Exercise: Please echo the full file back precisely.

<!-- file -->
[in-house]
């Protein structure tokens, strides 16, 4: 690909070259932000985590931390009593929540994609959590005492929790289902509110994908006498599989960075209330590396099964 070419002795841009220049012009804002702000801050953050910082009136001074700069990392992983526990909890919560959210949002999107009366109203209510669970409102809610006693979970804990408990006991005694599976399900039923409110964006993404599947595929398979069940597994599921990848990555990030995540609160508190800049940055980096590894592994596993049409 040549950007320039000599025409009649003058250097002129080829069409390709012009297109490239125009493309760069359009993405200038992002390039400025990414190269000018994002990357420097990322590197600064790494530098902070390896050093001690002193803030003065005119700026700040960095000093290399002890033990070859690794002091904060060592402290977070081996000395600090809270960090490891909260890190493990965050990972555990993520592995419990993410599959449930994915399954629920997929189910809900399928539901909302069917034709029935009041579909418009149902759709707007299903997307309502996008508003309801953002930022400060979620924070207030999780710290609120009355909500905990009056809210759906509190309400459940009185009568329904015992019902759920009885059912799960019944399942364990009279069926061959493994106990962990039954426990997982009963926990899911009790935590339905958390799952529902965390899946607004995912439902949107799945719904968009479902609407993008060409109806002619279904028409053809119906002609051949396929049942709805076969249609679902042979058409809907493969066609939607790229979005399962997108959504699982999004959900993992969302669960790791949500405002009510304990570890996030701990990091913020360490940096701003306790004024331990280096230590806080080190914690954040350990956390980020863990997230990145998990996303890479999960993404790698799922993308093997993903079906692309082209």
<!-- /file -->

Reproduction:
[in-house]
């Protein structure tokens, strides 16, 4: 690909070259932000985590931390009593929540994609959590005492929790289902509110994908006498599989960075209330590396099964 070419002795841009220049012009804002702000801050953050910082009136001074700069990392992983526990909890919560959210949002999107009366109203209510669970409102809610006693979970804990408990006991005694599976399900039923409110964006993404599947595929398979069940597994599921990848990555990030995540609160508190800049940055980096590894592994596993049409 040549950007320039000599025409009649003058250097002129080829069409390709012009297109490239125009493309760069359009993405200038992002390039400025990414190269000018994002990357420097990322590197600064790494530098902070390896050093001690002193803030003065005119700026700040960095000093290399002890033990070859690794002091904060060592402290977070081996000395600090809270960090490891909260890190493990965050990972555990993520592995419990993410599959449930994915399954629920997929189910809900399928539901909302069917034709029935009041579909418009149902759709707007299903997307309502996008508003309801953002930022400060979620924070207030999780710290609120009355909500905990009056809210759906509190309400459940009185009568329904015992019902759920009885059912799960019944399942364990009279069926061959493994106990962990039954426990997982009963926990899911009790935590339905958390799952529902965390899946607004995912439902949107799945719904968009479902609407993008060409109806002619279904028409053809119906002609051949396929049942709805076969249609679902042979058409809907493969066609939607790229979005399962997108959504699982999004959900993992969302669960790791949500405002009510304990570890996030701990990091913020360490940096701003306790004024331990280096230590806080080190914690954040350990956390980020863990997230990145998990996303890479999960993404790698799922993308093997993903079906692309082209």